Primary Earth-friendly Gardening Tenents:

*Tolerate minimal damage to plants and lawn from pests. *Build and maintain healthy soil by using compost and natural soil amendments. *Use chemicals as a last resort. *Use native plants when possible. They are adapted to the climate, soil and area pests. *Attract Beneficial Insects to increase pollination and decrease harmful pests. *Conserve water by using responsible watering methods.

Saturday, October 11, 2014

Another lovely day in the garden center.

Sunday, August 31, 2014

Looking Back: Garden Projects 2012

2012 was our first spring in the new home, new state, and new hardiness zone. As I look back I now know that the weather was a complete fluke. We completed a lot more projects than I remember. Most of these projects involved clearing and hardscaping.

There was no path from the driveway to the back door, so we added a walkway
We used 24" river rock pavers that would match the use of river rock in the overall plan. 
There was no usable patio space, so we deconstructed the old patio and reset a new patio in a more usable location. We reclaimed the sand from the old site, and initially reused the canopy frame. 


The new plan has the back deck, sidewalk along the house and new pathway from the driveway all intersecting near the new patio space to improve flow.


Frech drains were added along the west side of the house where we had observed overflow during storms.


Reclaimed wall stone created a planter to divide the living space from the kitchen garden. And a small sitting area and bird feeding station were added.

The drainage areas were covered with river rock.
We pulled the broken pieces in the sidewalk along the house and offset them to their original location.
Next we filled the area with river rock to connect the overall look with the drainage plan.


We cleared, we transplanted, we reclaimed materials all over the property.



Many of the materials reclaimed from other areas of the yard where then reused in the new plan.

The perennials were transplanted into the new plan.

We brought in river rock to fill in the french drains and border areas that needed additional drainage.
We brought in a topsoil compost mix to establish the kitchen garden.


Cuttings and starts filled pots, awaiting their new homes.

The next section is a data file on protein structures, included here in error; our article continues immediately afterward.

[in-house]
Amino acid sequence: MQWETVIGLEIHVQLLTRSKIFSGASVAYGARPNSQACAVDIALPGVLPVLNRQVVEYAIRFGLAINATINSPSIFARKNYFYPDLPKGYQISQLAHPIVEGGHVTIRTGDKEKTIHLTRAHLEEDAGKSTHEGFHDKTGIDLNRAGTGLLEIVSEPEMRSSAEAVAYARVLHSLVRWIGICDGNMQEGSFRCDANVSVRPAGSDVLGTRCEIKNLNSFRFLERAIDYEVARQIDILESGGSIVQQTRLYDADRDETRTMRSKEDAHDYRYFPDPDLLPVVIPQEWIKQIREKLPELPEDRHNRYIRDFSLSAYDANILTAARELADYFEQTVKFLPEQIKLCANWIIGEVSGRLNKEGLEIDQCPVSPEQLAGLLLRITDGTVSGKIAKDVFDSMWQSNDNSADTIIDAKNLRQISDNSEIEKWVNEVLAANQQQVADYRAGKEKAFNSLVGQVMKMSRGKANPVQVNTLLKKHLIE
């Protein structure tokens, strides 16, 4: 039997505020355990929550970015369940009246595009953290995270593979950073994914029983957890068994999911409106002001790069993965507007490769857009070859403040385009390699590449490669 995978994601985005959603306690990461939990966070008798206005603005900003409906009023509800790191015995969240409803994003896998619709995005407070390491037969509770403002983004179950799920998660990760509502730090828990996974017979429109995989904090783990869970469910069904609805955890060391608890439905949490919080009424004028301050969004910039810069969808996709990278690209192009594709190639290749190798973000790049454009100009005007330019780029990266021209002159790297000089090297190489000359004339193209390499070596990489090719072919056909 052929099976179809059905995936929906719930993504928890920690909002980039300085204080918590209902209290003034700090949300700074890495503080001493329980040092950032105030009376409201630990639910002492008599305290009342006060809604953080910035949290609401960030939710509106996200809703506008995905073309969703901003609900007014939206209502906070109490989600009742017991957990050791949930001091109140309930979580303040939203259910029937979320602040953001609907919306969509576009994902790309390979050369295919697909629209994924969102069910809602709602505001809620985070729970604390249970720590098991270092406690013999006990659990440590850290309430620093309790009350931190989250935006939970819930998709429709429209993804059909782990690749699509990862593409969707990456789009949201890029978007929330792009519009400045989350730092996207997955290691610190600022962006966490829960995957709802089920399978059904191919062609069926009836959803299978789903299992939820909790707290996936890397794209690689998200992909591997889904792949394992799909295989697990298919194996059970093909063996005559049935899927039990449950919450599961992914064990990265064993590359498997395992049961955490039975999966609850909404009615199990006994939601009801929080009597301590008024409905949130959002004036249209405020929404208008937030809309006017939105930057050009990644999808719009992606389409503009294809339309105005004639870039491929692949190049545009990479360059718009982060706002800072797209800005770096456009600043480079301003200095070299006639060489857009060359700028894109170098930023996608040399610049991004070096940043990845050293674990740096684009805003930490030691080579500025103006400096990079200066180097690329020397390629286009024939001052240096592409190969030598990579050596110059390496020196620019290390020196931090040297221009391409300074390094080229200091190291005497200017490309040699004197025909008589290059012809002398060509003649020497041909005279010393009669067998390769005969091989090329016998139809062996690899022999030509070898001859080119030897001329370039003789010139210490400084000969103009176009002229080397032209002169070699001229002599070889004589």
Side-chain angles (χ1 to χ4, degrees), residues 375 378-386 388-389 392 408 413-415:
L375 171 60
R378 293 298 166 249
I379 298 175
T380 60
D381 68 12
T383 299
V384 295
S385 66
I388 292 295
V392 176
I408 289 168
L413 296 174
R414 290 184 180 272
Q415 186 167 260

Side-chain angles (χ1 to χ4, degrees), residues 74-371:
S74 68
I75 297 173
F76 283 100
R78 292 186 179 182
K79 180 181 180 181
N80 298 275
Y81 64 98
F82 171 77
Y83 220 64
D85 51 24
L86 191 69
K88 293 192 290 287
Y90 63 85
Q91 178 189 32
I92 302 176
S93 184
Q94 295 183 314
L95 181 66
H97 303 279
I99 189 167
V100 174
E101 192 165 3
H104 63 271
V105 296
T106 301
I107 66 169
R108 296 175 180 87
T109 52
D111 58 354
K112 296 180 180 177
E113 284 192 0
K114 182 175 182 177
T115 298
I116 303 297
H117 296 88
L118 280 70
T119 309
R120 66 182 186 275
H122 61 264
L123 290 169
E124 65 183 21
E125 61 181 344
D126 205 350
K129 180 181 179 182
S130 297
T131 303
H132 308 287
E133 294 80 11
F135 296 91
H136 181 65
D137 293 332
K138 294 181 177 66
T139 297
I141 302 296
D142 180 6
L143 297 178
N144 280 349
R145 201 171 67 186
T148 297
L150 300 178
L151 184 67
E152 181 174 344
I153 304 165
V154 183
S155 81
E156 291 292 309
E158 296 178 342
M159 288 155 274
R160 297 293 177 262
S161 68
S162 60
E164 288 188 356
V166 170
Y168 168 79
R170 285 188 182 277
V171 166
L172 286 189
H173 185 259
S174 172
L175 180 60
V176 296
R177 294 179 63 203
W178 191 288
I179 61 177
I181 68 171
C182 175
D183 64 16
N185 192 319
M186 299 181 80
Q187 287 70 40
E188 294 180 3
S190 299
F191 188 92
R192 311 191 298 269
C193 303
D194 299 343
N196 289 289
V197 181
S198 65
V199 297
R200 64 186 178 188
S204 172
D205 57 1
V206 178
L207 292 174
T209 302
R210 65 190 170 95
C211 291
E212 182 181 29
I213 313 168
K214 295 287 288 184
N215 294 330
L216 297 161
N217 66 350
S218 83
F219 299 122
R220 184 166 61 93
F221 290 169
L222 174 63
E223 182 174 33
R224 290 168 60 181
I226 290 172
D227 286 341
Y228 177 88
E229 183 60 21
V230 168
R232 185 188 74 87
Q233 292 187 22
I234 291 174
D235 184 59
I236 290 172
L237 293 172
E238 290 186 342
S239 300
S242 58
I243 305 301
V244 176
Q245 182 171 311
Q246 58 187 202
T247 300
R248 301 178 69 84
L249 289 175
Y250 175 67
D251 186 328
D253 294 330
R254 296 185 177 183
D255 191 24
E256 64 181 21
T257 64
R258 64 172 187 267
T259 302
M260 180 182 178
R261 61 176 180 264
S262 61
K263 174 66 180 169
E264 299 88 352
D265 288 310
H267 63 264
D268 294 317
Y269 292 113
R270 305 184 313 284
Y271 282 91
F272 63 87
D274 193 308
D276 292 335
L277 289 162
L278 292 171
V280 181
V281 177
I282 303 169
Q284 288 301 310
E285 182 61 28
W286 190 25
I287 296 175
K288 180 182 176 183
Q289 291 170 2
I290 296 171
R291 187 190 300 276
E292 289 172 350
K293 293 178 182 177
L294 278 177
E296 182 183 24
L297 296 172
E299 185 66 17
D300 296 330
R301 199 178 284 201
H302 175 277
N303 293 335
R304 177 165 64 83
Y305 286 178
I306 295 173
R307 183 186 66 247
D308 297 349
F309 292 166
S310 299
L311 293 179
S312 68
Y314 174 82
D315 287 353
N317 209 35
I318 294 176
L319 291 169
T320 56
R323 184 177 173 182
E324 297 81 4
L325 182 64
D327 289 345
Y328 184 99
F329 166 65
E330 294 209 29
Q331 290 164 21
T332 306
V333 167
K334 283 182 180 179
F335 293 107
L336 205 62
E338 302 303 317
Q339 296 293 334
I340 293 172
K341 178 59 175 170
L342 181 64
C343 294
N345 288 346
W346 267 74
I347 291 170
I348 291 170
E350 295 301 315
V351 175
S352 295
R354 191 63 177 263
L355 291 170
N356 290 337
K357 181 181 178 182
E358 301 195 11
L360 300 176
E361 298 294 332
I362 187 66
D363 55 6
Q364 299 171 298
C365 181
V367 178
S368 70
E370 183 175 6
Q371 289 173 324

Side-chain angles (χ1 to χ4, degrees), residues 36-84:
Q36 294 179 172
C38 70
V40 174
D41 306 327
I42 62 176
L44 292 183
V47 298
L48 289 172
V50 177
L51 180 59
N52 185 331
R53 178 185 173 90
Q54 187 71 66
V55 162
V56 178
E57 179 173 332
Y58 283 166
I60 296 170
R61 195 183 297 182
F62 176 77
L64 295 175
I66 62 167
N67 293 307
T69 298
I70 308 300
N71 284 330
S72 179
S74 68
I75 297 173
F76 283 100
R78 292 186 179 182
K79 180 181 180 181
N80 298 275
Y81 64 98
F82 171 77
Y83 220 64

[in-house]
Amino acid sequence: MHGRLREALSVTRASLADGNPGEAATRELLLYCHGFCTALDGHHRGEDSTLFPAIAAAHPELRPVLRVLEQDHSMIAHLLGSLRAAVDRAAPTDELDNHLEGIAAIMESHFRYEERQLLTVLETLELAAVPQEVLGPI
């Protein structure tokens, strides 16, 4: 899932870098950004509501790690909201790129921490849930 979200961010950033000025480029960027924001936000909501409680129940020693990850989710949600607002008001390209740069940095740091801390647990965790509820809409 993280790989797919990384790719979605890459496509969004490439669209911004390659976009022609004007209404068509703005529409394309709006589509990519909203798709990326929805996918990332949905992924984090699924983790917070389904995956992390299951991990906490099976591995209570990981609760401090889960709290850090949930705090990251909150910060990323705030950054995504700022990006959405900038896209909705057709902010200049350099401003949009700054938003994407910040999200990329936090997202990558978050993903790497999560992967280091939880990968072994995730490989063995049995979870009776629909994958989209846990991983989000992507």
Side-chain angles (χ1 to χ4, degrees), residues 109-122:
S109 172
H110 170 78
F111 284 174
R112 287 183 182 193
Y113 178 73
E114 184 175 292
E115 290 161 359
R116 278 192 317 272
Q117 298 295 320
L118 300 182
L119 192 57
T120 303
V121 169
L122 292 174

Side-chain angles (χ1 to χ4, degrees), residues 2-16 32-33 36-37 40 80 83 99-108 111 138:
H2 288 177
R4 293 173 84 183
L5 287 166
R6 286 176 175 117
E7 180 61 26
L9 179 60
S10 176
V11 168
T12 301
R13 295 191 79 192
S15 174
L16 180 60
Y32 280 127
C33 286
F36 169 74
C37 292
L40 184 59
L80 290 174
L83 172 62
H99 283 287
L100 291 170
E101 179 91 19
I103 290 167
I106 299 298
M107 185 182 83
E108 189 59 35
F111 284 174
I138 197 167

And soon the plan came together.







Saturday, August 2, 2014




Year three, it is starting to come together.

Entering Year 3 in Zone 5

We are now entering our 3rd gardening season in zone 5.

The first year, 2012, was primarily spent removing invasive species, clearing rotted timbers, planning flow and soil building. We had a small vegetable garden and established blueberries and strawberries.

2013 was a building year. We added fruit trees and built up the habitat space with pollinator plants and berries. The vegetable garden was larger and the composite site was fully operational.

Inspired by the Chicago Flower & Garden Show we walked out this morning to assess the winter damage and look at spacing for a few new ideas. The bitter cold drove us back inside very quickly. This has been a harsh winter and we feel the difference 3 zones make. As friends in Portland post photos of their garden and discuss their new projects we are still covered with snow.

We are still waiting to see what has survived the winter. 

Saturday, May 18, 2013

pathway flow and planning

After demolishing the old, decaying ramp style stairs we added a pathway from the garage to the back deck. There had not been any pathway connecting the sidewalk along the yard to the back driveway, or the deck stairs. This view shows the old patio space, which was also pulled out and salvaged. 
We used sand from the old patio to level the new pathway.
And I chose a broad 2 ft square river rock paver to set the pathway. The style blends well with river rock areas for transition.
Salvaged brick was used for setting the step down.
The photo above shows the transition connecting the driveway entrance to the back deck entry to the house, the sidewalk and the new patio space.

The pavers were set and sanded in before the last of the patio space was removed.
Next, the patio space was converted to garden space. The new kitchen garden was placed in the area with the most traffic flow to the kitchen.
Topsoil and compost was brought in to build up the beds.

Above is a view from the driveway.
A oomplete transformation from an unused patio space to usable garden space.


This final picture shows the transition space between the back deck, patio and kitchen garden. The area now flows from both the back driveway and the pathway along the house.